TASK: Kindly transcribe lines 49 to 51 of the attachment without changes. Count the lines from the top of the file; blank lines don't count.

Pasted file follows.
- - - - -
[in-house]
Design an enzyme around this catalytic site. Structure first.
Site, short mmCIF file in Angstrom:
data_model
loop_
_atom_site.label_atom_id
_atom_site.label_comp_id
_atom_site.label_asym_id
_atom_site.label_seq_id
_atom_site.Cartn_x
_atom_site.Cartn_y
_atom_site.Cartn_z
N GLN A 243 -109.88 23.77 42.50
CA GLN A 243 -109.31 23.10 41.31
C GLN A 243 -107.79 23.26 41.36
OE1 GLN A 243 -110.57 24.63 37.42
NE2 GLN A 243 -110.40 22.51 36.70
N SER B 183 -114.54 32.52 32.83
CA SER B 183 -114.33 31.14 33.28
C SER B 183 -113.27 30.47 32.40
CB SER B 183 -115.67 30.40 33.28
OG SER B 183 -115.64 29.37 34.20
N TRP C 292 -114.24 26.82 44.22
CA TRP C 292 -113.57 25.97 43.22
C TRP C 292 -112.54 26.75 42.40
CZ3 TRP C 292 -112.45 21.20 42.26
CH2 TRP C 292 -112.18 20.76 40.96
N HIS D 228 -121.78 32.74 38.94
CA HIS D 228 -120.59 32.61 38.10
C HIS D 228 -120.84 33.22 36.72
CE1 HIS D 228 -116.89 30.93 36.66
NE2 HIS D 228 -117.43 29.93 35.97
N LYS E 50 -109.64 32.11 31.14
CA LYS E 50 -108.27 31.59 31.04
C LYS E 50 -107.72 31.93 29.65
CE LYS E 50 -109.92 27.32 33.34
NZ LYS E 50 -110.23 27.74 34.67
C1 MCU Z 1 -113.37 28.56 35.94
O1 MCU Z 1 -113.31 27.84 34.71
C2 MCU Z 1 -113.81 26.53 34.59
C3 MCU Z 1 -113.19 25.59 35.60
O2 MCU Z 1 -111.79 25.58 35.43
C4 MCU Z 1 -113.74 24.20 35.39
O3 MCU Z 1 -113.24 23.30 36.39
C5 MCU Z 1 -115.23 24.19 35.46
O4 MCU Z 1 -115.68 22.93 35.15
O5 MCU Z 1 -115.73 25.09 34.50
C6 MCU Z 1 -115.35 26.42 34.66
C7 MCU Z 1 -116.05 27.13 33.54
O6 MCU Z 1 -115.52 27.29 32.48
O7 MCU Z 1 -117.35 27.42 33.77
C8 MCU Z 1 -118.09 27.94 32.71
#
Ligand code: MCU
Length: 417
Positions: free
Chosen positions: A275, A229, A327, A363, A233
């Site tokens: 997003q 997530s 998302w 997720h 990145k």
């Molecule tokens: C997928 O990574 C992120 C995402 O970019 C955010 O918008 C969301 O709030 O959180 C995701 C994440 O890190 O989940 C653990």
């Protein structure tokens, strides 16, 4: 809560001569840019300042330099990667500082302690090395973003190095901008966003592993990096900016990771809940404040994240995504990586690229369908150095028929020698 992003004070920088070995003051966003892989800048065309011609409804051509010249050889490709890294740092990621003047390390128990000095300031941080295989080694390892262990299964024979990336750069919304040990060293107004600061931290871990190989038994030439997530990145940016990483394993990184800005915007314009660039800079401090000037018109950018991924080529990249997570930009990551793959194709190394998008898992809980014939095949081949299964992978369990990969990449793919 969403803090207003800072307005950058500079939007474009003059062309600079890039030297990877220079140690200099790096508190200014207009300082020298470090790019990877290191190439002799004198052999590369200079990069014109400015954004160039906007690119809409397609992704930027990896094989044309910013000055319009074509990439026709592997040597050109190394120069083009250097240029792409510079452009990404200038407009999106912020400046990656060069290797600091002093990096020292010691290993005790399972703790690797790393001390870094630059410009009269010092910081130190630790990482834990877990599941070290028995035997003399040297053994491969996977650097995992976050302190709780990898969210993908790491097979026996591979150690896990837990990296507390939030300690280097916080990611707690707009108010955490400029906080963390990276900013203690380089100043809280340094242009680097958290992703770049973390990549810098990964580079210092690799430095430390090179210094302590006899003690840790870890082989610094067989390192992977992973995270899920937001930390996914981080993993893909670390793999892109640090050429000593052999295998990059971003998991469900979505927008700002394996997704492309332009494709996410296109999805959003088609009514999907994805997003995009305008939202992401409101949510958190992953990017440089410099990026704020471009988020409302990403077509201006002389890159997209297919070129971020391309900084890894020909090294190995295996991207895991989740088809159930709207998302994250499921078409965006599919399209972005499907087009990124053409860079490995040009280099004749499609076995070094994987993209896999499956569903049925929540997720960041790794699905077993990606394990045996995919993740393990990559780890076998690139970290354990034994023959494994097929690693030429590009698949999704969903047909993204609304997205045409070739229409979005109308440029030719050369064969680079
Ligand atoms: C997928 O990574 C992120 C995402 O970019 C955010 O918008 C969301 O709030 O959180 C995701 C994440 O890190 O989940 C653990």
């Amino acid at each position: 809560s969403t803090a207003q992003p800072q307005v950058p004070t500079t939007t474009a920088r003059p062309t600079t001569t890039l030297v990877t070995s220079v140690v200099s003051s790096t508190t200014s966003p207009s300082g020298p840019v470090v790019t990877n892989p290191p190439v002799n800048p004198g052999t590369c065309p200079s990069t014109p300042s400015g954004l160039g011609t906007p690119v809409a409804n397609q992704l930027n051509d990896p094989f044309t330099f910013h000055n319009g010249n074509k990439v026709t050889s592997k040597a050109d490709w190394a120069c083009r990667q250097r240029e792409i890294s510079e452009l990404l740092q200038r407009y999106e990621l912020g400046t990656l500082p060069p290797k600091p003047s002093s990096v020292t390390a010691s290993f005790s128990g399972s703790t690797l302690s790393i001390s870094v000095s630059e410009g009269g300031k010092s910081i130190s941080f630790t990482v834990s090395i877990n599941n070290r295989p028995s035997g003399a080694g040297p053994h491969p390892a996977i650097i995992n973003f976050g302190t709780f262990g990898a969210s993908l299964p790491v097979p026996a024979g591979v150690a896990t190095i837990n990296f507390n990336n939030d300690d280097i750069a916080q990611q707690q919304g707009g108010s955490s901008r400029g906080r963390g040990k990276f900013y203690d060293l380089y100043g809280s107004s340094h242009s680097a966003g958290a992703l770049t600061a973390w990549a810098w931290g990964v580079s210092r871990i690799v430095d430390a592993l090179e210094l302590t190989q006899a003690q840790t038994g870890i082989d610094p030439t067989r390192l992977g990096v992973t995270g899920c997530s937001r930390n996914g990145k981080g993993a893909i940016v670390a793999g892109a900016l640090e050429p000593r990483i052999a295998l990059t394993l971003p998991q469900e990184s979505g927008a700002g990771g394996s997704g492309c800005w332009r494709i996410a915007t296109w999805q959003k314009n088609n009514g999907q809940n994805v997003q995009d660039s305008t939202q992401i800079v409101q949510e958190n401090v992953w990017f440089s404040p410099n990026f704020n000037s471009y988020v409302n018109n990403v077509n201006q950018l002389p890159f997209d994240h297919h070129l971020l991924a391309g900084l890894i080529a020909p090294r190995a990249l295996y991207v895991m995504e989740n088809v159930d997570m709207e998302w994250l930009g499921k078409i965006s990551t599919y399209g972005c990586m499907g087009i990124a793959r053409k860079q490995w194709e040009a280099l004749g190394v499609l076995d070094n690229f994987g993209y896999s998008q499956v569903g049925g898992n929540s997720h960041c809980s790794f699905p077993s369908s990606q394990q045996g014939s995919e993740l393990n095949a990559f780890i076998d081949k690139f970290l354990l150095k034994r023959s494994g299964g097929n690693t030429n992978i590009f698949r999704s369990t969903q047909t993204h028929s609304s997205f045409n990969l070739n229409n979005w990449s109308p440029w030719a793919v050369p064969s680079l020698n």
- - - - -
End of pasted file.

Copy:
C7 MCU Z 1 -116.05 27.13 33.54
O6 MCU Z 1 -115.52 27.29 32.48
O7 MCU Z 1 -117.35 27.42 33.77